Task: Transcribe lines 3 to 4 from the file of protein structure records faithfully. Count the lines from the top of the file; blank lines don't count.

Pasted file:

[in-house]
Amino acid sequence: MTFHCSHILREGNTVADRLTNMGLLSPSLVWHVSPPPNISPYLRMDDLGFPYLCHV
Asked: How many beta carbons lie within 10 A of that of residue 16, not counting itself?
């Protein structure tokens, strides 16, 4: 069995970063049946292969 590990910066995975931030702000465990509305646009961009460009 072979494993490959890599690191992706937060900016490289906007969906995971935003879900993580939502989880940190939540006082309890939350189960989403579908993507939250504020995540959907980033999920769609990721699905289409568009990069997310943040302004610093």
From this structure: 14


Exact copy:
Asked: How many beta carbons lie within 10 A of that of residue 16, not counting itself?
């Protein structure tokens, strides 16, 4: 069995970063049946292969 590990910066995975931030702000465990509305646009961009460009 072979494993490959890599690191992706937060900016490289906007969906995971935003879900993580939502989880940190939540006082309890939350189960989403579908993507939250504020995540959907980033999920769609990721699905289409568009990069997310943040302004610093």